My big girl is thirteen, she’s just started high school. And she is one of very, very few children whose parents have not put a cellphone into her hands.
I’m hearing of subtle and insidious ways that the staff’s behaviour (interval/morning tea time is announced with “OK, phone time!”) and policies (“take a photo of the school notice with your phones”, “we will text you if there’s a change”) seem to blindly assume that more tech is better.
I’ve yet to find a representation of an opposing view, questioning or critical thinking. I have not seen evidence of an awareness for the need for a balanced approach. There have yet to be conversations about responsible use of the tool, or the risks associated with it.
Risks, you say? Ummm … yup.
Let’s review a handful of studies dealing with cell phones and adolescents, shall we?
Intensive cell phone use was associated with female sex, rural school location, good family economy, smoking tobacco, excessive alcohol consumption, depression, cell phone dependence, and school failure. More health education is needed to promote correct and effective cell phone use among adolescents. Factors associated with intensive use and dependence should be considered for possible intervention activities.
With apologies for the random and non-APA status of my references, a citation for that is here: Mercedes Sánchez-Martínez and Angel Otero. CyberPsychology & Behavior. April 2009, 12(2): 131-137. doi:10.1089/cpb.2008.0164.
Or check this out, from the journal of BMC Public Health, in 2011:
High frequency of mobile phone use at baseline was a risk factor for mental health outcomes at 1-year follow-up among the young adults. The risk for reporting mental health symptoms at follow-up was greatest among those who had perceived accessibility via mobile phones to be stressful. Public health prevention strategies focusing on attitudes could include information and advice, helping young adults to set limits for their own and others’ accessibility.
Here are some findings from another paper dealing with the mental health issues:
Measured cell phone use (CPUse) to include the device’s complete range of functions.
CPUse was negatively related to students’ actual Grade Point Average (GPA).
CPUse was positively related to anxiety (as measured by Beck’s Anxiety Inventory).
GPA was positively and anxiety was negatively related to Satisfaction with Life (SWL).
Path analysis showed CPUse is related to SWL as mediated by GPA and anxiety.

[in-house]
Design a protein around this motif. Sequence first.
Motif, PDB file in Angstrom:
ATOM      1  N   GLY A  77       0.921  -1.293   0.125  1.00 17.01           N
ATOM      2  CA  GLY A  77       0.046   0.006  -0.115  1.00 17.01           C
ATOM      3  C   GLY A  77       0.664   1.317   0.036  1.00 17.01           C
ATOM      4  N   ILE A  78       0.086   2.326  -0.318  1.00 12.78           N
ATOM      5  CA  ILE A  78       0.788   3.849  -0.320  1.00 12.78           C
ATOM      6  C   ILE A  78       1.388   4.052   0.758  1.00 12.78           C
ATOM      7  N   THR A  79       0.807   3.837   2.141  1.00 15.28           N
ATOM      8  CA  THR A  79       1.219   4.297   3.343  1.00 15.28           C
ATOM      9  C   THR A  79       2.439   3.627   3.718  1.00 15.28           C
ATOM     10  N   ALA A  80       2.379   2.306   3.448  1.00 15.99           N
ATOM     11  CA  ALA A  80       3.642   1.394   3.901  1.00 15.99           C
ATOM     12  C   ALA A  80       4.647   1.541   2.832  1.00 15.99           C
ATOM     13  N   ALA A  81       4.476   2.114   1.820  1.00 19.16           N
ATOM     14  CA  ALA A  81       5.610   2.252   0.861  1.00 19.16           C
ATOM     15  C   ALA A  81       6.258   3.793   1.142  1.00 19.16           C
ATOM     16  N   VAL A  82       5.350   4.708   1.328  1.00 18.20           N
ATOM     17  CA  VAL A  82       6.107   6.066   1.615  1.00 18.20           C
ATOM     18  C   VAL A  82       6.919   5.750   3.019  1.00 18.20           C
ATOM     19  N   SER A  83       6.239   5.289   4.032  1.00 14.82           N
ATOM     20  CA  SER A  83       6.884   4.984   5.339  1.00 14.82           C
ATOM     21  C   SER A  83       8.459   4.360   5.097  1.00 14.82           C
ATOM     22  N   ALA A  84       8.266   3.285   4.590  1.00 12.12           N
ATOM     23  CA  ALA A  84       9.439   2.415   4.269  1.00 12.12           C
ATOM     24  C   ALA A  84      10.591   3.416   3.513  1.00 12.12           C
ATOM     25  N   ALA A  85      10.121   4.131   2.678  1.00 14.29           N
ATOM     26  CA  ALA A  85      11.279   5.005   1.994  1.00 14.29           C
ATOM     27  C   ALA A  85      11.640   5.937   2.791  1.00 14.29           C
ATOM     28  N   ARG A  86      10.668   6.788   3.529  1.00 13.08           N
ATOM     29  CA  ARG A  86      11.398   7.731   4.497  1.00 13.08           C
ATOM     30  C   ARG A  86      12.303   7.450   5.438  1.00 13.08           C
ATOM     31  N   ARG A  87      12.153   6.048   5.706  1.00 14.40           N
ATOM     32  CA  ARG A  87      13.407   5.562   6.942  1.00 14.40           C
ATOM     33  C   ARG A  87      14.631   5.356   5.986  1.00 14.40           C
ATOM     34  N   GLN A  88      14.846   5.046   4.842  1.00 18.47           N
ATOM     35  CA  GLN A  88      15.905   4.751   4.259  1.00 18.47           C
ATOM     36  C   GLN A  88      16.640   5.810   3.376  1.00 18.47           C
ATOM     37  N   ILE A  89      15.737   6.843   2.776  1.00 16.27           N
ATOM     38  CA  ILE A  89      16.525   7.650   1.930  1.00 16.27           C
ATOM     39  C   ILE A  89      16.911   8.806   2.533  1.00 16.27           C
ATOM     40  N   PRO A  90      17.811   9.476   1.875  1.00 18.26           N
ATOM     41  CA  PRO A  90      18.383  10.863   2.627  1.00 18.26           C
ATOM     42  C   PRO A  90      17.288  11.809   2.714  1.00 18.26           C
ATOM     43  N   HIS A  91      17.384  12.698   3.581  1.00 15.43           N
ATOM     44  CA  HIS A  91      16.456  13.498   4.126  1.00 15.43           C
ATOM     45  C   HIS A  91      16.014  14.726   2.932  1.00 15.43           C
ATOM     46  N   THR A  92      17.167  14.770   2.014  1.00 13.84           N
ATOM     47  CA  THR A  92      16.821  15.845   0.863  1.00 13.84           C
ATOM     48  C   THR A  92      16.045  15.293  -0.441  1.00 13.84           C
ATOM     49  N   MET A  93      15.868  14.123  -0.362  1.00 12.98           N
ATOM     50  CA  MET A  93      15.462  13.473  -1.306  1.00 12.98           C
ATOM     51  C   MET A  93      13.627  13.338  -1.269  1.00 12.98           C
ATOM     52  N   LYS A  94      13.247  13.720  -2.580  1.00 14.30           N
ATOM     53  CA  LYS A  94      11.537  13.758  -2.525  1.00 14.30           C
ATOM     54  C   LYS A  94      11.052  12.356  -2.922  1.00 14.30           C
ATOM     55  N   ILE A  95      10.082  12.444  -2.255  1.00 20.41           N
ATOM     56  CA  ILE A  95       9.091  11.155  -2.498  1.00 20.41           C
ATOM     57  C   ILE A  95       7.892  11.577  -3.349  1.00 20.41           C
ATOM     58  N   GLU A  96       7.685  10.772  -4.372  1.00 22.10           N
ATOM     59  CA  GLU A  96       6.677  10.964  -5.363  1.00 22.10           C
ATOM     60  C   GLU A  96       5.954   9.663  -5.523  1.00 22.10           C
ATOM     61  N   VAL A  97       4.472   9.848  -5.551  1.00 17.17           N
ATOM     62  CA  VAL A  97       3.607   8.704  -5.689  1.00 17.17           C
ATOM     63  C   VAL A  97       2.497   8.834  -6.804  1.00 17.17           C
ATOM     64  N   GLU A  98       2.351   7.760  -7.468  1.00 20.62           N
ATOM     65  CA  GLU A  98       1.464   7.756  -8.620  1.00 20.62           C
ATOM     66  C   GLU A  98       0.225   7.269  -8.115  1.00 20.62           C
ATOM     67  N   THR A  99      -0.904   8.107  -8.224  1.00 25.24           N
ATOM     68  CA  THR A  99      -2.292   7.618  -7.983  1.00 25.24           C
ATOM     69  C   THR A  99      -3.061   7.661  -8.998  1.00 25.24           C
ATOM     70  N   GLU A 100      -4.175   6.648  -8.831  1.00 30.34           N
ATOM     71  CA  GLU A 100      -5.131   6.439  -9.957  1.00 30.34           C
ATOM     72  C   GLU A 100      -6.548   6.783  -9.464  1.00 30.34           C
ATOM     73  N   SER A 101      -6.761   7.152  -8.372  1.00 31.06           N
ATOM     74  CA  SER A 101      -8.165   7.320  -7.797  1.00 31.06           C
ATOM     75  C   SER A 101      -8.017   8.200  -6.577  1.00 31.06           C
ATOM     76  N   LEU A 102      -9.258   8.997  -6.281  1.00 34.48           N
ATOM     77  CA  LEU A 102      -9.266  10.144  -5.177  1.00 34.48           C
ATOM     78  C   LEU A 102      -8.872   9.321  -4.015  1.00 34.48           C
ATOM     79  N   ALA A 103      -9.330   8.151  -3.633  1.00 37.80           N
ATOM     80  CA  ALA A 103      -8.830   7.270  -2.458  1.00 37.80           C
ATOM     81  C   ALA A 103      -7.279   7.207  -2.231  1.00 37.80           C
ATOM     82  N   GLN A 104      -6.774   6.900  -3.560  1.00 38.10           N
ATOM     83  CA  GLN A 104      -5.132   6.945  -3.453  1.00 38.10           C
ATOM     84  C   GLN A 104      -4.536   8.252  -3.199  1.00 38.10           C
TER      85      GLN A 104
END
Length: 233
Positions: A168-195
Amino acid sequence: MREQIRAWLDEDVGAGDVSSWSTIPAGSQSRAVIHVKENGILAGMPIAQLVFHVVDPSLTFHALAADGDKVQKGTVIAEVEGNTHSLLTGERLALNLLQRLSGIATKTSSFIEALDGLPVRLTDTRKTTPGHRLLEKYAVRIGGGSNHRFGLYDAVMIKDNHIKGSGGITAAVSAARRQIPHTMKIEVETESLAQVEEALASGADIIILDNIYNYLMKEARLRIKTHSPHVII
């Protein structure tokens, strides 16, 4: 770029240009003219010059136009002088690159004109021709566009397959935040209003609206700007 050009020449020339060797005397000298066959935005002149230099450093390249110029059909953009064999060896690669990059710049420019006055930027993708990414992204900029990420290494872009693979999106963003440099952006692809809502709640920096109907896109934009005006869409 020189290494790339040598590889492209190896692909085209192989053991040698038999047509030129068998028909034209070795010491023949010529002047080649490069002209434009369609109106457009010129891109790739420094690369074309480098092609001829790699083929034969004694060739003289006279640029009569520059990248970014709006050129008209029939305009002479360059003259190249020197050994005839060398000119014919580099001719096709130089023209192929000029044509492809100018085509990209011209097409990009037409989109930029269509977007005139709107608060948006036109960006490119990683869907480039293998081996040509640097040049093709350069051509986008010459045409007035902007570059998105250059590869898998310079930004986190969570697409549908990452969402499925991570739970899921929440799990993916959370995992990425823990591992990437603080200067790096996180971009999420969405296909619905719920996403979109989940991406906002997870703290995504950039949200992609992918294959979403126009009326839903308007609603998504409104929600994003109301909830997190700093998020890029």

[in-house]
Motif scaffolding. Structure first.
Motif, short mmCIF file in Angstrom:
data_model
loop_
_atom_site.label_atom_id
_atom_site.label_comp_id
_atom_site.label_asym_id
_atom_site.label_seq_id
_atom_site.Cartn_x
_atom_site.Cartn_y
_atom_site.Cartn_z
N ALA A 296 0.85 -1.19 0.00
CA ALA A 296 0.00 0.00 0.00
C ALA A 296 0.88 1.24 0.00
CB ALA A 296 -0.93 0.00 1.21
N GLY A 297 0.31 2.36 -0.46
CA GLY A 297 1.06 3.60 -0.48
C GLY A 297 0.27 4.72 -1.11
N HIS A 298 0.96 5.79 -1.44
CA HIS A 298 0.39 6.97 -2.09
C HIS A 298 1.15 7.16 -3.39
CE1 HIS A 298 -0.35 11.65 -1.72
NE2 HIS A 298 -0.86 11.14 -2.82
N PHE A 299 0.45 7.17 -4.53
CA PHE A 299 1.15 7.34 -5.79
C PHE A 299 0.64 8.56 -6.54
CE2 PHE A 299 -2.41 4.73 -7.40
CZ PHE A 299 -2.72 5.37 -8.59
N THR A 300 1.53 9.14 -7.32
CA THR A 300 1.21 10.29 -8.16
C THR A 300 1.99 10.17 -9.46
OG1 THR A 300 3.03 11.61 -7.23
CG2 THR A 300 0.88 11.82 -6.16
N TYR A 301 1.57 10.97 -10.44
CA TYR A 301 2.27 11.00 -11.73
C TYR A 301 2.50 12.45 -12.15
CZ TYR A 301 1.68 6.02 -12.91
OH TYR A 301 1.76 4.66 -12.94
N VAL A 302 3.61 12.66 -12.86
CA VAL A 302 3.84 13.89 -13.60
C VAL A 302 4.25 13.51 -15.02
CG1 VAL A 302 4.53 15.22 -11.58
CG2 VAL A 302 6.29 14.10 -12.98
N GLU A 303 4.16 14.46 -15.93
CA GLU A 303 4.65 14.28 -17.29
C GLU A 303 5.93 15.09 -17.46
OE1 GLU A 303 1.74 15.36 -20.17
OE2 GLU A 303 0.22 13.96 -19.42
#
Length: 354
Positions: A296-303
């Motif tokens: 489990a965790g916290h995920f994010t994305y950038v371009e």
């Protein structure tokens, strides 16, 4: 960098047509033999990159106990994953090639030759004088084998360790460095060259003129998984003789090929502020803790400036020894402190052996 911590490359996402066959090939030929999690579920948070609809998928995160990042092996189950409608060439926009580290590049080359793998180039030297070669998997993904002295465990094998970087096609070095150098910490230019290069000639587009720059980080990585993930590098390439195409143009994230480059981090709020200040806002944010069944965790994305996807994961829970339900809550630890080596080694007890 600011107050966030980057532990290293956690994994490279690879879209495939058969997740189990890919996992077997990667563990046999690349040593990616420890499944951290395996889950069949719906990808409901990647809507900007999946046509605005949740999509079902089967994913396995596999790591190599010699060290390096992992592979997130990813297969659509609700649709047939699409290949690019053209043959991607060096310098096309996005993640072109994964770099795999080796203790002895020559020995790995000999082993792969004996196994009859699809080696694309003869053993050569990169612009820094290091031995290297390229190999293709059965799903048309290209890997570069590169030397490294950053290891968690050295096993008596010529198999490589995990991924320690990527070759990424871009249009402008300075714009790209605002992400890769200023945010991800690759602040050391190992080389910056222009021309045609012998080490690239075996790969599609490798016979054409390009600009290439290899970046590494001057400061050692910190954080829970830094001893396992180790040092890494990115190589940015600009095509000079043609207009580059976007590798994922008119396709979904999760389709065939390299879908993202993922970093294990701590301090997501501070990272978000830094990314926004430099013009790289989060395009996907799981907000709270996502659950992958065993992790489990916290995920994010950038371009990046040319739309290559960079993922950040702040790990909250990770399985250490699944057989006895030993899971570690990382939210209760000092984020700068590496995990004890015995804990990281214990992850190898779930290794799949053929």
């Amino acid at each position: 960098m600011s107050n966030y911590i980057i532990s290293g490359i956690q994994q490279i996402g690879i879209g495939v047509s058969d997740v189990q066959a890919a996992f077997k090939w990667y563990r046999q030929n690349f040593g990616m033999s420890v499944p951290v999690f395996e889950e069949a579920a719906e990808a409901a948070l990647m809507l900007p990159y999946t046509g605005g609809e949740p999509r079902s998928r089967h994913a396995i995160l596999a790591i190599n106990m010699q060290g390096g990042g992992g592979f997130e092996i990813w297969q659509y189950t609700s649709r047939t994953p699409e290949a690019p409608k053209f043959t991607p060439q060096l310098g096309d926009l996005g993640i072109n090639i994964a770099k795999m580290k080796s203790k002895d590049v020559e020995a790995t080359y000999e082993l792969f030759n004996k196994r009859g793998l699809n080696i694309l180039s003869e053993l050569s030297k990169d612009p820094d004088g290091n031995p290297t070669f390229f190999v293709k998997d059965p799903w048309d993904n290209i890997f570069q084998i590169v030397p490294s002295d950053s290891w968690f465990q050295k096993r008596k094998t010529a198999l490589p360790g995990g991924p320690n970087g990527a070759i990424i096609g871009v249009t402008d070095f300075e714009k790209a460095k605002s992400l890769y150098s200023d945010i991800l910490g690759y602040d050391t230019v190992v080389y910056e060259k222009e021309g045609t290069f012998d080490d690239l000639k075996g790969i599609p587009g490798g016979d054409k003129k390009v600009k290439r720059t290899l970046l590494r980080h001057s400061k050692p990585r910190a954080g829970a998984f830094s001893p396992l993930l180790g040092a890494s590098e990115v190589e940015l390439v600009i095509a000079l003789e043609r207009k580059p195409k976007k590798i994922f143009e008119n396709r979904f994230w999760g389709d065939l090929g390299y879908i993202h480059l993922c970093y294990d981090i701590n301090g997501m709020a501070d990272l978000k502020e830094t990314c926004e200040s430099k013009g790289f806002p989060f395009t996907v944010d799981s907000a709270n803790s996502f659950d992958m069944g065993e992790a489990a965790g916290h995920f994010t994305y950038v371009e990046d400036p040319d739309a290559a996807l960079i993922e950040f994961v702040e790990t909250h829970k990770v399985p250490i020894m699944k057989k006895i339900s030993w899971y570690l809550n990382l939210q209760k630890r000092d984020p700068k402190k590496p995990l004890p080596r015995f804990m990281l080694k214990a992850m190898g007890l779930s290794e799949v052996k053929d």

You can find that here: Computers in Human Behavior Volume 31, February 2014, Pages 343–350
There are risks to the mental health of our children. That’s not all:
There are many academic papers dealing with the development of scales to measure cell phone addiction in adolescents, (because this is a universal problem!) (eg: Journal of Korean Academy of Nursing . Dec2009, Vol. 39 Issue 6, p818-828). We don’t even know the longterm effects on our eyesight, posture, and fine motor functioning. There is some evidence to suggest there are negative impacts on our reproductive health (and to be clear: I really want grandchildren some day!)
This is a bit like our attitude to tobacco a century ago! Everybody’s doing it, let’s hope for the best!!
School is where our kids are supposed to become smarter, and yet the use of smartphones has been proven to dumb us down; OBSERVE:
Lower analytic thinking associates with increased Smartphone use.
Results suggest that people offload thinking to the device.
Supports conceptualization of Smartphone use as a type of cognitive miserliness.
That’s from the journal Computers in Human Behavior, Volume 48, July 2015, Pages 473–480, a paper called The brain in your pocket: Evidence that Smartphones are used to supplant thinking.
More dumbing down happens with excessive use of social media:
There was significant relationship between Facebook use and anxiety, while cell phone owners perceived themselves as more outgoing, cheerful, and sensitive. A significant proportion of teenagers indicated that their cell phone was inextricably wrapped with their identity and even their sense of self-worth. Results from the survey suggested a statistically significant, negative relationship between Facebook activity and math grades of the respondents.
That’s from a paper called: Facebook Use and Texting Among African American and Hispanic Teenagers. An Implication for Academic Performance It was written by E. Bun Lee and published in 2014.
This paper (Adolescent in-school cellphone habits: A census of rules, survey of their effectiveness, and fertility implications, it’s from the journal called Reproductive Toxicology, Volume 32, Issue 3, November 2011, Pages 354–359) looked at school policies, check out their recommendation at the end:
All schools banned private use of cellphones in class. However, 43% of student participants admitted breaking this rule. A high-exposure group of risk-takers was identified for whom prohibited in-school use was positively associated with high texting rates, carrying the phone switched-on >10 h/day, and in-pocket use.
The fertility literature is inconclusive, but increasingly points towards significant time- and dose-dependent deleterious effects from cellphone exposure on sperm. Genotoxic effects have been demonstrated from ‘non-thermal’ exposures, but not consistently.
There is sufficient evidence and expert opinion to warrant an enforced school policy removing cellphones from students during the day.
We clearly need debate, discussion, calm heads and reasonable policies that have been designed by adults (those of us with the fully formed cortexes) to protect children.
This is lunacy. A device that is associated with a host of negative health outcomes is having its use encouraged without question.
Kids: it’s morning tea time. Get your tobacco out. Have at it.